When I was initially planning my trip, my goal was to do it for as cheaply as possible so I looked at what it would cost to book each sector individually. Though Greyhound Australia is the most extensive bus company in the country, there are several other Australia coach lines and I added together all the cheapest options. Once I did this, I was surprised to discover that it was actually cheaper to book a Whimit pass, and if I did book each journey separately without the pass, I’d be sacrificing the flexibility of having unlimited bus travel that I could change at any time.
The perks of travelling Australia by bus
You may be wondering what the advantage is of traveling Australia by bus when flights around the East Coast are so inexpensive. Why spend 2 weeks taking a bus from Brisbane to Cairns if you can just fly there in a couple of hours?
Australia has some amazing cities, but the best parts of the country are the smaller towns in between. There are so many beautiful hidden gems that you can discover by taking the slow route, like searching for platypus in the Mackay Region, or surfing the unpopulated waves near Yamba’s pristine beaches. You also learn how the local public transit system works. You learn to find your way around a city by foot. You learn to get lost without looking like you’re lost. And you learn to break out of your shell much more, because sometimes the only way around is through talking to the locals.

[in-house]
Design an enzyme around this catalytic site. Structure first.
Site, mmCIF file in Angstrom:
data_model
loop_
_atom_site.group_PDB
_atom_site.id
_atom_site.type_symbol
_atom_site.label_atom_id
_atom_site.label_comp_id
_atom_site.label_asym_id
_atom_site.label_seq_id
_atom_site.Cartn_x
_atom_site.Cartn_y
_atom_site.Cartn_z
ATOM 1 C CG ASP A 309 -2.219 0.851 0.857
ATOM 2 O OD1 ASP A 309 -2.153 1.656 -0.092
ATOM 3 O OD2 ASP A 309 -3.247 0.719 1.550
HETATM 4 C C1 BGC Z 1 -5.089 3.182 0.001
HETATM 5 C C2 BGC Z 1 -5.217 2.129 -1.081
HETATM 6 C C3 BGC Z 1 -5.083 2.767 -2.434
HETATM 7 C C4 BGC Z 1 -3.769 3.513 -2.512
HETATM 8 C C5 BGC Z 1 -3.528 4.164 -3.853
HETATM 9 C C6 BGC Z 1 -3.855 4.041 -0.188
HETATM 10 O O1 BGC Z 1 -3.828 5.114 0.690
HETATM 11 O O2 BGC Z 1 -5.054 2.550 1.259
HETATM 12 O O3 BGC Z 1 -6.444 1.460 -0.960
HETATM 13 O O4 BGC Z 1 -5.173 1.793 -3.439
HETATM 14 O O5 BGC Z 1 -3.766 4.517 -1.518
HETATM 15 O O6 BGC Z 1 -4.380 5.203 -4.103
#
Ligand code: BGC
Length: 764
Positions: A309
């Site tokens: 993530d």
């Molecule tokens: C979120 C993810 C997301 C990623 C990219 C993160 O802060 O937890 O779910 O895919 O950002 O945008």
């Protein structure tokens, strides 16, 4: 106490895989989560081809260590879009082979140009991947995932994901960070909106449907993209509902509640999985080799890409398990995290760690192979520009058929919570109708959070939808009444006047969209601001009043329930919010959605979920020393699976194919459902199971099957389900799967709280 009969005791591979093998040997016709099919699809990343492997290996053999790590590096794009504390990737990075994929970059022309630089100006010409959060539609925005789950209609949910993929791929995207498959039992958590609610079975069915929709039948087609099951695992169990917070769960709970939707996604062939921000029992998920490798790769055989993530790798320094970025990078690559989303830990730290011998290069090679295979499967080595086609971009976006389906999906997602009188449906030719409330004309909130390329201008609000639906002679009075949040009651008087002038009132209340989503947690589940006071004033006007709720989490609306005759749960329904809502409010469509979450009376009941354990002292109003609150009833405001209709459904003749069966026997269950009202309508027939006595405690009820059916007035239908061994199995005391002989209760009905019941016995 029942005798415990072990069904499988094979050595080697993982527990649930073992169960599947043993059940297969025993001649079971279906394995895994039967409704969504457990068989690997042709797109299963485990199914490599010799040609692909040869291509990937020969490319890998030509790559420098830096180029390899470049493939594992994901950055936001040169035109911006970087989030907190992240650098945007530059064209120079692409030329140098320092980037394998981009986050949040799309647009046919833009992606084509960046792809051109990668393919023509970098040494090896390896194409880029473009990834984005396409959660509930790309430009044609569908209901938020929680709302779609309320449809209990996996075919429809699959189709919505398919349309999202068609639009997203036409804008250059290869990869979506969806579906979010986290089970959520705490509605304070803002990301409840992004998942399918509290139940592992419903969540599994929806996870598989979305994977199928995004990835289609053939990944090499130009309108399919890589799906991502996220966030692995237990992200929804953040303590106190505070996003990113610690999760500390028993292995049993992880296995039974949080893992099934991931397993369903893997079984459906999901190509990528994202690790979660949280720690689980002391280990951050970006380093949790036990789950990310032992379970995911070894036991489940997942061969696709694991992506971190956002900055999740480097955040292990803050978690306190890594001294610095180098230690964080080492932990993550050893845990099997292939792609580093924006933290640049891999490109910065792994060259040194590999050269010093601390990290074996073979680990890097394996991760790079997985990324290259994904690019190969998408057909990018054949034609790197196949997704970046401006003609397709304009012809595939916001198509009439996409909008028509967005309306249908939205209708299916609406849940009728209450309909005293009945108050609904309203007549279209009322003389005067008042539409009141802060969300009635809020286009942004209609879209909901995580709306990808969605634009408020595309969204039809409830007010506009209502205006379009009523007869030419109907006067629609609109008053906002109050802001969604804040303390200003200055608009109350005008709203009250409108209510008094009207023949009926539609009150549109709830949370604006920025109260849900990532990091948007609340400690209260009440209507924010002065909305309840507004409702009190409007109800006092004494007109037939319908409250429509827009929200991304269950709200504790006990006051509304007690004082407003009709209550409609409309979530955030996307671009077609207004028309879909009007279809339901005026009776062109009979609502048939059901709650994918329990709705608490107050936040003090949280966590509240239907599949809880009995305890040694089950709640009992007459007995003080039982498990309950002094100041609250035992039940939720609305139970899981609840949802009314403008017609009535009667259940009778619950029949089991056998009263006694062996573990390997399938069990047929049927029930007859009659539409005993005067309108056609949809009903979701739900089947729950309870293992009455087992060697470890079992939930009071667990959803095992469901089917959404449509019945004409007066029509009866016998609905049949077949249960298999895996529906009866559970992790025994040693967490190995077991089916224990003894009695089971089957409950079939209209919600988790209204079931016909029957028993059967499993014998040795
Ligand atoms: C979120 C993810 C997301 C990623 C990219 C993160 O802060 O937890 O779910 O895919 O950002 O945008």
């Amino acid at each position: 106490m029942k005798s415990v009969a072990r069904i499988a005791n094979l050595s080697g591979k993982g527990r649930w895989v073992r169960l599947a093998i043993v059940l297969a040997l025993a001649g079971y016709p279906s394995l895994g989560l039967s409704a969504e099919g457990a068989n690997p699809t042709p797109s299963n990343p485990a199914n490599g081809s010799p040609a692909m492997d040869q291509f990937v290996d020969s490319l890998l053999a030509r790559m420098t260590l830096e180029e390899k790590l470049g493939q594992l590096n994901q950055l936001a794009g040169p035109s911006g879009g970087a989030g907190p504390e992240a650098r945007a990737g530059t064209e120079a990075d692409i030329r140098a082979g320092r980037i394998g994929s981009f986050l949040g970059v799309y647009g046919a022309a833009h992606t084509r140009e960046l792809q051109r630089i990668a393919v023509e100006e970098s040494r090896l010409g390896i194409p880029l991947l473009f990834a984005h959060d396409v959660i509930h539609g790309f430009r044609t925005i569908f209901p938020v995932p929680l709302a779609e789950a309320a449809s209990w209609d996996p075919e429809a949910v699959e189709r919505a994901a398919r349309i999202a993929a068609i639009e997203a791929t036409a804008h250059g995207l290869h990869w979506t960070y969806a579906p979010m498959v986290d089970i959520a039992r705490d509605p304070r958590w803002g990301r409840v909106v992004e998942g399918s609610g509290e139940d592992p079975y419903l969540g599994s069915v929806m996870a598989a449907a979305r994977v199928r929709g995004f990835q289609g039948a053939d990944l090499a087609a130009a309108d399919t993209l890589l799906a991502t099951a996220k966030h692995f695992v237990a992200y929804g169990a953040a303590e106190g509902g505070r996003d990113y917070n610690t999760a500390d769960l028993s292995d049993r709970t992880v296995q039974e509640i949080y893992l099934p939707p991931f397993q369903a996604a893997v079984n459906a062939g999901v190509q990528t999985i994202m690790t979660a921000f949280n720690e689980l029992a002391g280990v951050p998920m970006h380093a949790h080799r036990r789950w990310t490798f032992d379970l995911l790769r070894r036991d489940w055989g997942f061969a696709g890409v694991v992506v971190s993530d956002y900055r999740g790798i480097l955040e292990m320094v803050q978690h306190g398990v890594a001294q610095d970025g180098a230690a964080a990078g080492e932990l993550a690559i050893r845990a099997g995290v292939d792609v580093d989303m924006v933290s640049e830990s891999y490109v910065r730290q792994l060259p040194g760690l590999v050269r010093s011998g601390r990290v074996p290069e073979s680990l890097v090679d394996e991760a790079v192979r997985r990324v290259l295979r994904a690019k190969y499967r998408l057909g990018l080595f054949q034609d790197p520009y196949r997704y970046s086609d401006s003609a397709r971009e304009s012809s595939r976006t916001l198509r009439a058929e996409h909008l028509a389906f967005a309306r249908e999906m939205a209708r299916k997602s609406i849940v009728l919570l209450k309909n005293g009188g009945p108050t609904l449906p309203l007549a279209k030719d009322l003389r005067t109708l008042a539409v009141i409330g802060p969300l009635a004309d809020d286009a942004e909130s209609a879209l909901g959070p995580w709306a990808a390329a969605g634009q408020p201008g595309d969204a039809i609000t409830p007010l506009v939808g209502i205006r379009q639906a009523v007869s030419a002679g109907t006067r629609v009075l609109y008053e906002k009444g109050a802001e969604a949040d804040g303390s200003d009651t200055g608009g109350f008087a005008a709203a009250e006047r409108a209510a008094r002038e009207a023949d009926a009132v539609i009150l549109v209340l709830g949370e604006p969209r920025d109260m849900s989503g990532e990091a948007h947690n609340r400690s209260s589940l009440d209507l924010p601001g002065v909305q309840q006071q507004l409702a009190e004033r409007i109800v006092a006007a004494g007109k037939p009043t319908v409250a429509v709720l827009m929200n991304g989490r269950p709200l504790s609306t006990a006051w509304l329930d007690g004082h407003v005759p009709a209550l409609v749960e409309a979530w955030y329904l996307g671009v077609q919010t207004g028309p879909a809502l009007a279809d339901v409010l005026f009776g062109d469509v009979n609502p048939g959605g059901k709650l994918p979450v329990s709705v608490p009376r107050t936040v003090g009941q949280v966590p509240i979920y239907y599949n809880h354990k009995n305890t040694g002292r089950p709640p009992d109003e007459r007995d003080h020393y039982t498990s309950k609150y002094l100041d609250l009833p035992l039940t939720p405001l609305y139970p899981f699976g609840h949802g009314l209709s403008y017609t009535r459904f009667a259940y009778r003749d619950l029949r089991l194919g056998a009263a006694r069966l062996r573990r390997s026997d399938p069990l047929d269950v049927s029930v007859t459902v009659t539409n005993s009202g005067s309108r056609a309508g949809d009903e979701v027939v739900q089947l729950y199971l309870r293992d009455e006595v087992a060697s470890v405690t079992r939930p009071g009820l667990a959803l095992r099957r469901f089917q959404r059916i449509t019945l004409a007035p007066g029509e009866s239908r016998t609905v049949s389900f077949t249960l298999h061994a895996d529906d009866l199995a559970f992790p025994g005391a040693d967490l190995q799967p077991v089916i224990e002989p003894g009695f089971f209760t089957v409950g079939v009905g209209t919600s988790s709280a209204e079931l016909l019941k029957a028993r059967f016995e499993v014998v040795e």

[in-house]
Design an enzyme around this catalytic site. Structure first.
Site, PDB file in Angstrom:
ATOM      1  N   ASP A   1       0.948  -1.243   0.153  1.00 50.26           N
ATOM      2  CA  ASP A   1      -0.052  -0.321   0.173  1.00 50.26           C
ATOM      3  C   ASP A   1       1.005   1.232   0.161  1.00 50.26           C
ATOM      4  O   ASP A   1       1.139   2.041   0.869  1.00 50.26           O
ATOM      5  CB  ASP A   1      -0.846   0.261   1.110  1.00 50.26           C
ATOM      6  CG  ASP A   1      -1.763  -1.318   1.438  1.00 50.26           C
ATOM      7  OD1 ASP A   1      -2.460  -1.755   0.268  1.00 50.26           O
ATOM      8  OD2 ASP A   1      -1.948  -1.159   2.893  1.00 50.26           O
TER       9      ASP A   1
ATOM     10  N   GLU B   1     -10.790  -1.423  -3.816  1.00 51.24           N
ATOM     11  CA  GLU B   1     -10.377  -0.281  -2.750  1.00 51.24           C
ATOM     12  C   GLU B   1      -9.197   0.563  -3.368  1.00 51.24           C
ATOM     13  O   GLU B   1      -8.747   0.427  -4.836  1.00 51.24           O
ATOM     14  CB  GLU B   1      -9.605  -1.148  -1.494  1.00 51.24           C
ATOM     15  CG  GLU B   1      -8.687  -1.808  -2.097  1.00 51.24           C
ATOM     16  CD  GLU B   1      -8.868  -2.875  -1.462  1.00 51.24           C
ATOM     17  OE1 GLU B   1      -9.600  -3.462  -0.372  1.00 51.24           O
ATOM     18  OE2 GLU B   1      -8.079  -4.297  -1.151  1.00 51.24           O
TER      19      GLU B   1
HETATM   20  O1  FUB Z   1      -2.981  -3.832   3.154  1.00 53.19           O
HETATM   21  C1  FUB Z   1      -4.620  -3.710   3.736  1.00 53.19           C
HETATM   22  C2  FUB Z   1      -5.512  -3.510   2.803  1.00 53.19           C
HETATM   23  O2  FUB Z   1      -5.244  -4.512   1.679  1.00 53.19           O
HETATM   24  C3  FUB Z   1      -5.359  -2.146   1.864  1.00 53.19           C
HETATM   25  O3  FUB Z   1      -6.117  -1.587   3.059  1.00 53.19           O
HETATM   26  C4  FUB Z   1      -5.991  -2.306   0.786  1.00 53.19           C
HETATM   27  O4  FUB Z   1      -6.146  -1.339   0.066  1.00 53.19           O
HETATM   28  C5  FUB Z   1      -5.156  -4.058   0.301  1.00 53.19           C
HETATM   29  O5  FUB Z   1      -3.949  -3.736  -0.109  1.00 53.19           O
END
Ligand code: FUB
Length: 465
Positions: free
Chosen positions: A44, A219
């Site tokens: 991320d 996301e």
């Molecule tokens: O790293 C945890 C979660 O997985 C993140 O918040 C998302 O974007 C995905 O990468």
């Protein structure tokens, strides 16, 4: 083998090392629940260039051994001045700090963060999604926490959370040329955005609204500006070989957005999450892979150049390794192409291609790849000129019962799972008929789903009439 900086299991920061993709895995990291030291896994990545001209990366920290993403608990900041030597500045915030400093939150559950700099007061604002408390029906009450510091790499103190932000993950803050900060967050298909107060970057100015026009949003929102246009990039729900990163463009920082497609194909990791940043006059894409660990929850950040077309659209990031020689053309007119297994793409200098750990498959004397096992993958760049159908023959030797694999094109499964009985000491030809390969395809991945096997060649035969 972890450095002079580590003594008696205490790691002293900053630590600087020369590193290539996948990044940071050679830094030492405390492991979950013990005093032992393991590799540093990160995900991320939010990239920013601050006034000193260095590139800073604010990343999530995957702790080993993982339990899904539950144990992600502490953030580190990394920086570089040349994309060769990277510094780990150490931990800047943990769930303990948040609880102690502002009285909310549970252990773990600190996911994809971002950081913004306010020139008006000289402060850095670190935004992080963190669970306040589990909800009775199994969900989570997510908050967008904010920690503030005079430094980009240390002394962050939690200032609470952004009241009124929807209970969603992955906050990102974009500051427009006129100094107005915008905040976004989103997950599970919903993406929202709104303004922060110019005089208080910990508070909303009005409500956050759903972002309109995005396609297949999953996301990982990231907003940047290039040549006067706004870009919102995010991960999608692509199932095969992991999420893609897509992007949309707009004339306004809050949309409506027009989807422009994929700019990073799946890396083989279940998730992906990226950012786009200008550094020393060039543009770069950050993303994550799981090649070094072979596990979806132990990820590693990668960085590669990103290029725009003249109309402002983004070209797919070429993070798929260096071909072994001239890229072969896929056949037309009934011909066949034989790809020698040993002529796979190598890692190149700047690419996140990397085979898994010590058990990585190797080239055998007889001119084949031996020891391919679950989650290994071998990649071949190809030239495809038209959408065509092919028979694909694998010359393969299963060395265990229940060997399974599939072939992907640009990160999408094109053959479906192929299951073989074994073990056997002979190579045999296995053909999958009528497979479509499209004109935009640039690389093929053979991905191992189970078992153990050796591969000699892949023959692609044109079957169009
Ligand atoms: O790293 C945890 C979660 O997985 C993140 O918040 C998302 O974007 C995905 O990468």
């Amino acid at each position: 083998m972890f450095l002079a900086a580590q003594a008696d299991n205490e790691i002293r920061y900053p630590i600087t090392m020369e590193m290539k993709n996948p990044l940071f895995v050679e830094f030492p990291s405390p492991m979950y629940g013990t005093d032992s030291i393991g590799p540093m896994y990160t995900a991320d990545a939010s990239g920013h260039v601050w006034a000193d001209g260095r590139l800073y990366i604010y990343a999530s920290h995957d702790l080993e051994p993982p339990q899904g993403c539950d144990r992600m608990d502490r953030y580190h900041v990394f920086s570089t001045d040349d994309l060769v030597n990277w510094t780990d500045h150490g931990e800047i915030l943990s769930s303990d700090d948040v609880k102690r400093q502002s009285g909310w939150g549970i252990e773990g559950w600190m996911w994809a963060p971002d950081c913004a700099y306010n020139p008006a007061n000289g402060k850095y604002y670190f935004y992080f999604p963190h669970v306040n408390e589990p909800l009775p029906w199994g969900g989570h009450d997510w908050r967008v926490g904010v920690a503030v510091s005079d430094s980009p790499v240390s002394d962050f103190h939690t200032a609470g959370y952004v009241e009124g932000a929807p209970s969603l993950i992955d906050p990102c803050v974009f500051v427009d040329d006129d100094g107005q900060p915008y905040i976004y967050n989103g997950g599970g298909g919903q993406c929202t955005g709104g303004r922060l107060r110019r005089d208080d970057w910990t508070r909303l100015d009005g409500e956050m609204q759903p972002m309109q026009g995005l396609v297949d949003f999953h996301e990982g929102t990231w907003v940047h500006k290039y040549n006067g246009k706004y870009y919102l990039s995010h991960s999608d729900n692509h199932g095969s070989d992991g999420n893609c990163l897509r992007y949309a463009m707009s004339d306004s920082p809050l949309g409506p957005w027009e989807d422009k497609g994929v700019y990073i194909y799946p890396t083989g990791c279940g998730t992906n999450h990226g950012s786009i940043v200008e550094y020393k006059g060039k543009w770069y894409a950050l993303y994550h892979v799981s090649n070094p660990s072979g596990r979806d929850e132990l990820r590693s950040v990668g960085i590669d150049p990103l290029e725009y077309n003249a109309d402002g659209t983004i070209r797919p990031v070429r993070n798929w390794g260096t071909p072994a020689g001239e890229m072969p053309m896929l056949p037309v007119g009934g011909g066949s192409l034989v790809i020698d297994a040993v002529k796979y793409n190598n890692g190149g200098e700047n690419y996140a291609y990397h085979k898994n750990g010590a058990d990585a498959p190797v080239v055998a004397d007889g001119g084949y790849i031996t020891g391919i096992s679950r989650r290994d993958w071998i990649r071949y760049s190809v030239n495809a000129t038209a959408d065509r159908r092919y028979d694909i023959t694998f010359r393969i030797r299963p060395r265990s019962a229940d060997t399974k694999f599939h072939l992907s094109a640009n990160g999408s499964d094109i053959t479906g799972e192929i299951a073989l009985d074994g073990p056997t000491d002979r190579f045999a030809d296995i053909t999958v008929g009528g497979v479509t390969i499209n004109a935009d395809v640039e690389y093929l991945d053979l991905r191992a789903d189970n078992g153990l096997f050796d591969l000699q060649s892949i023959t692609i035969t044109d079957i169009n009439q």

Bus travel is also more sustainable than other forms of transportation. The exception to this is if you’re traveling in an electric car – but keep in mind that an electric car rental from Cairns to Sydney will cost you at least 3x the price of a 30-day Whimit pass. So when you travel by bus, you’re reducing the impact on not just the environment, but your wallet as well.
The bus vs campervan debate
Honestly, there are advantages and disadvantages to both. Renting your own car or campervan can allow you more freedom to explore areas in the region that local public transportation may not extend to. You also have a little more flexibility about when you can arrive and depart places, and with a campervan you don’t have to worry about check-in times at all.
There are lots of advantages to taking the Greyhound bus around Australia as well. The biggest one, in my opinion, is that you don’t have to focus on driving, which can be exhausting during such a long journey. Instead of keeping your eyes on the road, you can watch Netflix or get a bit of sleep in between cities when you take the bus. You can also take overnight trips, which can save you money on accommodation and leave you with more time to explore during the day. In addition to that, you don’t have to worry about the added costs of petrol, road tolls or parking.